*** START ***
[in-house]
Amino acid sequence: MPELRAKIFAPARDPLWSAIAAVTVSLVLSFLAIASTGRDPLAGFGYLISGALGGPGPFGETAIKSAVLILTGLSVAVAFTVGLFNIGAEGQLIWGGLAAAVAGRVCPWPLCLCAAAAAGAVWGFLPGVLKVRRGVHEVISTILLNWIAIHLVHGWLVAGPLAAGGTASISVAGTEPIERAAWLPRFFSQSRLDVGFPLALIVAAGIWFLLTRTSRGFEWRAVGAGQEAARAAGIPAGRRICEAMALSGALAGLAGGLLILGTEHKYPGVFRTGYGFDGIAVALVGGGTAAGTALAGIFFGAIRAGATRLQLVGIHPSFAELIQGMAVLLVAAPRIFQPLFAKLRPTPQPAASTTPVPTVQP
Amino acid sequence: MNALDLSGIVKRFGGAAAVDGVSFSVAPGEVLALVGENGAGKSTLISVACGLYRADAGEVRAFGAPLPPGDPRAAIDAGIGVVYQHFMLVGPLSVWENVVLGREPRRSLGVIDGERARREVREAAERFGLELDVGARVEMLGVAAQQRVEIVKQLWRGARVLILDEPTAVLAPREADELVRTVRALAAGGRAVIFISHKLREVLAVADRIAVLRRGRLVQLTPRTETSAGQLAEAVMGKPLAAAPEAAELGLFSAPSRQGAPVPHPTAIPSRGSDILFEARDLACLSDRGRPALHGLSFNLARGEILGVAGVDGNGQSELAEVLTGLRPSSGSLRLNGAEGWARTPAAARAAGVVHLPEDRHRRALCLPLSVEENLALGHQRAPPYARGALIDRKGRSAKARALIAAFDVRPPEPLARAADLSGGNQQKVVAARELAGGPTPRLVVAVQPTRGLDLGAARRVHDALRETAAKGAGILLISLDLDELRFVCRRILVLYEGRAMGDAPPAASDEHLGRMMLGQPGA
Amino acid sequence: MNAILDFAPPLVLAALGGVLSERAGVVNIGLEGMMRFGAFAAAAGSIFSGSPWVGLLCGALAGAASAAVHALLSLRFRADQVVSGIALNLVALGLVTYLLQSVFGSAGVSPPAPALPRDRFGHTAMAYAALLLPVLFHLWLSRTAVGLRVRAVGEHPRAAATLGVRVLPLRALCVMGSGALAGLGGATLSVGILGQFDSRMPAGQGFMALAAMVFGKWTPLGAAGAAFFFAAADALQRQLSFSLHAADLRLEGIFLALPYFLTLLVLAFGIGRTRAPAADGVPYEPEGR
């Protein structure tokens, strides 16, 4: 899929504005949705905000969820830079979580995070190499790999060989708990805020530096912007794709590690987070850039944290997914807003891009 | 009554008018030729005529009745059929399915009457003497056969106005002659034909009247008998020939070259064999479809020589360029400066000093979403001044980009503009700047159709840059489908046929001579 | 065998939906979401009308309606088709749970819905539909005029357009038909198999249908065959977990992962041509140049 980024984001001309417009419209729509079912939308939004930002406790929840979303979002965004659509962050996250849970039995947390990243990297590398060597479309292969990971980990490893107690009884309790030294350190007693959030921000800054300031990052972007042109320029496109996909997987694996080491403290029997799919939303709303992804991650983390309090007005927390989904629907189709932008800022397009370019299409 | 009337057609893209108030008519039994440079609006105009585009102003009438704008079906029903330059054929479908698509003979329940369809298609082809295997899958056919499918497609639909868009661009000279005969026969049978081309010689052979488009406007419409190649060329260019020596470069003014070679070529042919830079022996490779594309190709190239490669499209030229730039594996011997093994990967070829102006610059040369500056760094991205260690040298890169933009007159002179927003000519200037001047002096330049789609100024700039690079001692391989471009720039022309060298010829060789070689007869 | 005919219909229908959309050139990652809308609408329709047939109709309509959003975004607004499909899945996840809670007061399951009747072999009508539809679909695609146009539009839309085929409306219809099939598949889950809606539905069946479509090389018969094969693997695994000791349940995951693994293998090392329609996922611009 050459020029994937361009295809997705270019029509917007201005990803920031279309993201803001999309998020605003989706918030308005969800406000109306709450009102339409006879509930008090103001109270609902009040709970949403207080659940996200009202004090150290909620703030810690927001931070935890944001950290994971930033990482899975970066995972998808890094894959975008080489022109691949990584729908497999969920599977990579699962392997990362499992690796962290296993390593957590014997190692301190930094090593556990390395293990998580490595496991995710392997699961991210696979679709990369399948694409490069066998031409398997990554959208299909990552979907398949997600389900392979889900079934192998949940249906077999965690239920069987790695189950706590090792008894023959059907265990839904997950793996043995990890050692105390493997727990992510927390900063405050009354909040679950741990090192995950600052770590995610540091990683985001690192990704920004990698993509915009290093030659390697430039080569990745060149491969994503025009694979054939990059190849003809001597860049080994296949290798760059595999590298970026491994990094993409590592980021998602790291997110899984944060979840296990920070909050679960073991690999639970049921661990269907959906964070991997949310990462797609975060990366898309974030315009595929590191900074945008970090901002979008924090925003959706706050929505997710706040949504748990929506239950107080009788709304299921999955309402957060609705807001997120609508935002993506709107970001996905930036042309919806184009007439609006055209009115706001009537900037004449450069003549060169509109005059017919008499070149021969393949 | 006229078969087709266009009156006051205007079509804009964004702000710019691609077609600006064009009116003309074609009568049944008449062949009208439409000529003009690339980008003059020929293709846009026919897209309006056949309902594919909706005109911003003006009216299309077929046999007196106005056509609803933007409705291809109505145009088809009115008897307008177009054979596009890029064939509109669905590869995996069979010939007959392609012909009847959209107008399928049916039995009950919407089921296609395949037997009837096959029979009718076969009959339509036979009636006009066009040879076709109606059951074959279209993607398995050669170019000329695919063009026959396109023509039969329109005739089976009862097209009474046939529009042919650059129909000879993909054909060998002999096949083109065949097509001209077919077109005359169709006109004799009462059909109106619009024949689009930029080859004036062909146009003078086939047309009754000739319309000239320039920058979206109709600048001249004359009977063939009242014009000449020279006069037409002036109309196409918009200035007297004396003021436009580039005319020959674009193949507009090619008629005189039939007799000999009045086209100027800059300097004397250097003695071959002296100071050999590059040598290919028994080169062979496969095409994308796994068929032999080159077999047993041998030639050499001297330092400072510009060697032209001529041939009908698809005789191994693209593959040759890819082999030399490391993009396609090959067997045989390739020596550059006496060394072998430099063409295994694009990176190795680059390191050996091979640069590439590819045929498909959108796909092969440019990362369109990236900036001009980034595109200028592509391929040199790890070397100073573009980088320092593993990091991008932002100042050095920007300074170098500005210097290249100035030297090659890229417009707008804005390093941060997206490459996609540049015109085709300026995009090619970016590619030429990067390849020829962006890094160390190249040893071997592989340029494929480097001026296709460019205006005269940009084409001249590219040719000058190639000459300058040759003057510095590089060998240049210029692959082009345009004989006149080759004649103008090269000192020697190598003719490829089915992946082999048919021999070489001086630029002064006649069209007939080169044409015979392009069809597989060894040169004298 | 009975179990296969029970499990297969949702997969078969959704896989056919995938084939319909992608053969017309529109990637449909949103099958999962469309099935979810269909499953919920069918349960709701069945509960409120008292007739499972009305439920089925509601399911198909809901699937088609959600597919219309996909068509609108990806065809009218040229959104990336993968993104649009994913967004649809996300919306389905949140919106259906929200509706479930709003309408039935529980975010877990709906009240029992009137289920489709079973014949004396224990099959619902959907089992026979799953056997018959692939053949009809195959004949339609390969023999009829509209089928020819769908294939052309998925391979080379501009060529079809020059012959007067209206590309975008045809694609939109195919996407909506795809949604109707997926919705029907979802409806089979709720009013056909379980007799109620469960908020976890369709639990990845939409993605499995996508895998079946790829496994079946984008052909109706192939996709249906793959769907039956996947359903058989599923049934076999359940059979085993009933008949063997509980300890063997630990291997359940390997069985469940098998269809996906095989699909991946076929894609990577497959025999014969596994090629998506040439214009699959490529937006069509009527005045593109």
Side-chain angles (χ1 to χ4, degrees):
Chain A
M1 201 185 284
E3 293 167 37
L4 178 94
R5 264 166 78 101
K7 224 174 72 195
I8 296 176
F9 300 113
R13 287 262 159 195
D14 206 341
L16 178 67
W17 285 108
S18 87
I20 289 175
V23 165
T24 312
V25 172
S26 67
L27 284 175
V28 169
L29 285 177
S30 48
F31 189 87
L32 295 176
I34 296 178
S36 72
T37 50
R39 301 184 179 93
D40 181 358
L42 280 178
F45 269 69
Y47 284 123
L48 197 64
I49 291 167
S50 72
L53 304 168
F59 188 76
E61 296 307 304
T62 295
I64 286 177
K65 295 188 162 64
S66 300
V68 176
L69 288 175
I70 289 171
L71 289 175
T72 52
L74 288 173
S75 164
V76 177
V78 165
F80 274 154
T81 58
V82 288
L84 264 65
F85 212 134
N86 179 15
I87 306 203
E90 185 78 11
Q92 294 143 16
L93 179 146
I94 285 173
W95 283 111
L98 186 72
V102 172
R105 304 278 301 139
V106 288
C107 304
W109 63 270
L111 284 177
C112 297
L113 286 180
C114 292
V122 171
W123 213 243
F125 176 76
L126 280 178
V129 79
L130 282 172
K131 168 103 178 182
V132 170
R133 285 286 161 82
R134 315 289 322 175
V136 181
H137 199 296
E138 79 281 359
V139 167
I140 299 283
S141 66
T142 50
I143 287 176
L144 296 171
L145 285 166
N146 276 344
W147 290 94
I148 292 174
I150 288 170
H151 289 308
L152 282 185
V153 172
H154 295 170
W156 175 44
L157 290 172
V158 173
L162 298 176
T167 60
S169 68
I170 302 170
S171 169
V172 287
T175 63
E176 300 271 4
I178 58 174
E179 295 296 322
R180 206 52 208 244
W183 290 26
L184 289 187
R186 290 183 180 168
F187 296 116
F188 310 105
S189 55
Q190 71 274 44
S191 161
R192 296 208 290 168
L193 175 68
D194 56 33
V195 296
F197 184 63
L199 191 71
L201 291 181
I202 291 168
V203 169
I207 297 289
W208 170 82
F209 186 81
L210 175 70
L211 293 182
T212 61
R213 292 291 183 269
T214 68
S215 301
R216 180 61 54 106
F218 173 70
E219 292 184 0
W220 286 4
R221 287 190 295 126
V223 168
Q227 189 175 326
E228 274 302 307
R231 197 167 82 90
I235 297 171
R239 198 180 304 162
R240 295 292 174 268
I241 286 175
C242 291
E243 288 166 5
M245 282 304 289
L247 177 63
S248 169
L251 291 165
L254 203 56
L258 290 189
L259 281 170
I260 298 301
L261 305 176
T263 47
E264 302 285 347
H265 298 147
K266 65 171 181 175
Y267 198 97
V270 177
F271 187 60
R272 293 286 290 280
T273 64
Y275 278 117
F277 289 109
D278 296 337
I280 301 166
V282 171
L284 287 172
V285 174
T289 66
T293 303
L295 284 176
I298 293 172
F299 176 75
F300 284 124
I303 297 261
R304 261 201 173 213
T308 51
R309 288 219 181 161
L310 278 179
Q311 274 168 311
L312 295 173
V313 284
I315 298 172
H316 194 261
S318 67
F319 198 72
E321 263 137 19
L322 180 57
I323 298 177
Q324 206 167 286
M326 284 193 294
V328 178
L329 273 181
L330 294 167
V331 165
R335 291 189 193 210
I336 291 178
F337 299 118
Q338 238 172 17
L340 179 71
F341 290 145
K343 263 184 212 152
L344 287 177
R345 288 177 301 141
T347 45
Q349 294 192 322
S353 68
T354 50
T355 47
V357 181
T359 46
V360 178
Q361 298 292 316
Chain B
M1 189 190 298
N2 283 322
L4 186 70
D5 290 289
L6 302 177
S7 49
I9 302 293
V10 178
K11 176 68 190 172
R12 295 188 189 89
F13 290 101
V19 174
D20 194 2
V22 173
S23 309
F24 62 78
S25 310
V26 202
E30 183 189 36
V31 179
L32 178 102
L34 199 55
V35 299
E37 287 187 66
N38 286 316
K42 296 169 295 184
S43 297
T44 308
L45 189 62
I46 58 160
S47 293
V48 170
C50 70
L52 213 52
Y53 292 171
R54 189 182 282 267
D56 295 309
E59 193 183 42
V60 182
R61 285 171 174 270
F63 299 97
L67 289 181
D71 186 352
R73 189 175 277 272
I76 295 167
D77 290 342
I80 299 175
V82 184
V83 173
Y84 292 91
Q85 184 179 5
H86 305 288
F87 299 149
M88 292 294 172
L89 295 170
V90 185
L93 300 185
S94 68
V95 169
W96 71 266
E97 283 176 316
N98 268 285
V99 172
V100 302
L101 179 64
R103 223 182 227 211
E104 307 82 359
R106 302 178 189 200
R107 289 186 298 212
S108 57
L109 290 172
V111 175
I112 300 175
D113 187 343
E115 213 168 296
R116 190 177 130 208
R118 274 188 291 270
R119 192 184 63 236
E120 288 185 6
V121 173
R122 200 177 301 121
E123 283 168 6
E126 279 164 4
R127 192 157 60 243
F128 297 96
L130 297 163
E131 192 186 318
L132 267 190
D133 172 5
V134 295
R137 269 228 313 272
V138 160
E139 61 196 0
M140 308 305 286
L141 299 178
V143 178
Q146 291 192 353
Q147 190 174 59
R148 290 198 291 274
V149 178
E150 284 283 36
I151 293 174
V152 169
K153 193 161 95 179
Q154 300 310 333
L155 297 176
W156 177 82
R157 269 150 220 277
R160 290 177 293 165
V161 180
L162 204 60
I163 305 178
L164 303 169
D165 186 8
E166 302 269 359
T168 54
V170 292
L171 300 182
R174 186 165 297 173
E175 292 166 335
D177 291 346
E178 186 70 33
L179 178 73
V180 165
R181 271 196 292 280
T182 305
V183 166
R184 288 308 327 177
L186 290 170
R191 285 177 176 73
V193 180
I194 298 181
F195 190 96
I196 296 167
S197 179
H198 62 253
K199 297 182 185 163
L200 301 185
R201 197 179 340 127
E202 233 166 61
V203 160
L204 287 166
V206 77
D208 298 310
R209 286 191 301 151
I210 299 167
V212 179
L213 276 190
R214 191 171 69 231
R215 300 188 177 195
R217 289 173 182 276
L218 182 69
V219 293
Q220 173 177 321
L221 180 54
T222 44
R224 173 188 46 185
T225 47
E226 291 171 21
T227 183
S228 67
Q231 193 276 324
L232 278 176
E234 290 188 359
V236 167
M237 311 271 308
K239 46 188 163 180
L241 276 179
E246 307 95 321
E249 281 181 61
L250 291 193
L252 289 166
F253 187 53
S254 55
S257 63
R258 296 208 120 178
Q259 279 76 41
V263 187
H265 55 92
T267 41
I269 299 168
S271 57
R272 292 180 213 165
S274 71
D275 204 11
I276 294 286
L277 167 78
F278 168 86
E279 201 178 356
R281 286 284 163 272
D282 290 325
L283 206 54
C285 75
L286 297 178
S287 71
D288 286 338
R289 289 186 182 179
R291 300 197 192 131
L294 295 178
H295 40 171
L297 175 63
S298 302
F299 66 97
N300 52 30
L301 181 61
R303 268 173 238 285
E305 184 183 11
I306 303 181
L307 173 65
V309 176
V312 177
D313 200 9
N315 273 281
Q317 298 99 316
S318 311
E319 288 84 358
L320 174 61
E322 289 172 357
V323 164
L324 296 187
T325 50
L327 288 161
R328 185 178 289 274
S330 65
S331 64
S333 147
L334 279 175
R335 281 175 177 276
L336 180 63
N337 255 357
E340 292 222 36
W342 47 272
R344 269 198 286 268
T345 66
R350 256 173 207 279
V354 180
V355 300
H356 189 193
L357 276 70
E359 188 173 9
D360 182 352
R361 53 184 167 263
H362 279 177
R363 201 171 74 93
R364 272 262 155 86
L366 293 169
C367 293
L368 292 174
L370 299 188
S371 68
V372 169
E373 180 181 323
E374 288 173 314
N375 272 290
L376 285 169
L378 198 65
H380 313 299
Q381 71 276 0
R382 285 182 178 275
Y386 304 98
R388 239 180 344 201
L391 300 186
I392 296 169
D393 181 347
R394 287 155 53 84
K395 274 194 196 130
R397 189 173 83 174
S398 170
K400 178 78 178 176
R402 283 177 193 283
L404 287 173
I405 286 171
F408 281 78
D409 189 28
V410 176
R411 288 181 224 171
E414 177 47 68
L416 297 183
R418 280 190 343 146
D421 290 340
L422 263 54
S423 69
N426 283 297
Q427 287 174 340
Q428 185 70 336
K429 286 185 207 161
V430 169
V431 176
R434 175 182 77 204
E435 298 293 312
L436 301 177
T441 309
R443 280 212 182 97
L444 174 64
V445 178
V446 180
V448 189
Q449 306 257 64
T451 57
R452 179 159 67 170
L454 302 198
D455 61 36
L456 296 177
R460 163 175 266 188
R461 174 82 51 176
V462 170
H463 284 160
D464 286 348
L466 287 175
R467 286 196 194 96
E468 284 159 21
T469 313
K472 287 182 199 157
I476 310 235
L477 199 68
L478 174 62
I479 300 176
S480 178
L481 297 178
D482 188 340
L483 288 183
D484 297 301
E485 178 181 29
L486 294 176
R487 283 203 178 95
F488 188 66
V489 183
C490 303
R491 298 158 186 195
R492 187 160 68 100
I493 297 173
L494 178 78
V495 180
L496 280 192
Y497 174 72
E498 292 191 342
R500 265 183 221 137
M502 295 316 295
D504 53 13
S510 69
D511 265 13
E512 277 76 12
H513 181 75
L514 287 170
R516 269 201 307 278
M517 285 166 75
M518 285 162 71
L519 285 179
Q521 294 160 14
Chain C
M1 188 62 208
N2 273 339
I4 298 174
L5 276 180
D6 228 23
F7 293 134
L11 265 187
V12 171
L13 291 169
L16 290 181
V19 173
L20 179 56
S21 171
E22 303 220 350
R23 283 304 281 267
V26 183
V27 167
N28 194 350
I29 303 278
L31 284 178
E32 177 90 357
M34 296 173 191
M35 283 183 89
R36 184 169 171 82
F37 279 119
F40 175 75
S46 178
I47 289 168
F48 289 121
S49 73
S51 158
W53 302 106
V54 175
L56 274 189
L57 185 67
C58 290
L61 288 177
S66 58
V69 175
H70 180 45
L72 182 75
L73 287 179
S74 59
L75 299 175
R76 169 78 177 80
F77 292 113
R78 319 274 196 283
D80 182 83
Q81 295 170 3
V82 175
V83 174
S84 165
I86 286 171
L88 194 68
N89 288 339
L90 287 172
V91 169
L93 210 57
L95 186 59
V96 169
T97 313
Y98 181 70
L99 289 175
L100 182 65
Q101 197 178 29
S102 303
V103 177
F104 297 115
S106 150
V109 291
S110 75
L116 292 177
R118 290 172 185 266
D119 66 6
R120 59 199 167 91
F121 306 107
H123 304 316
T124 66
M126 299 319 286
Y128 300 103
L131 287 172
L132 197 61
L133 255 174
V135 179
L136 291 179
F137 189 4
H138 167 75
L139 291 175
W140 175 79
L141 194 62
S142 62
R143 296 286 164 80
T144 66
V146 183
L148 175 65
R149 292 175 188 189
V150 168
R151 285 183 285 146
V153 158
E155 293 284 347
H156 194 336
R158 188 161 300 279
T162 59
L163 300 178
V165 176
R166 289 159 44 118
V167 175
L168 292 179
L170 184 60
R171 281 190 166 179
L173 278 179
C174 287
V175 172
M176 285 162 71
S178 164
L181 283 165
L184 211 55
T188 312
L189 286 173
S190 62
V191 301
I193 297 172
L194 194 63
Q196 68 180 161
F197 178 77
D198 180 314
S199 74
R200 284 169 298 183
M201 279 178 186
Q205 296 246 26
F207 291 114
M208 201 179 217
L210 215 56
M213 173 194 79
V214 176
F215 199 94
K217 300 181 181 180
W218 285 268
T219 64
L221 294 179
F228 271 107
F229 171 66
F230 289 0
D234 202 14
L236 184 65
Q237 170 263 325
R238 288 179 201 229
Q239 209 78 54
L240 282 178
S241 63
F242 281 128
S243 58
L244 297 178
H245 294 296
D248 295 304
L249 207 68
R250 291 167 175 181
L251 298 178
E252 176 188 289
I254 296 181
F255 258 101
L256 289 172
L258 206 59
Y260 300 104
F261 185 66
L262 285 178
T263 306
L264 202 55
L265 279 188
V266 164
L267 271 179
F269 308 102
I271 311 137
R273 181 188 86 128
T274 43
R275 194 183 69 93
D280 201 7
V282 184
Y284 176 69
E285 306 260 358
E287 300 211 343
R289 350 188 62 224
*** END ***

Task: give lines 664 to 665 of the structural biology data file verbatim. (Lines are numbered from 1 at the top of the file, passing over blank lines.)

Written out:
L131 287 172
L132 197 61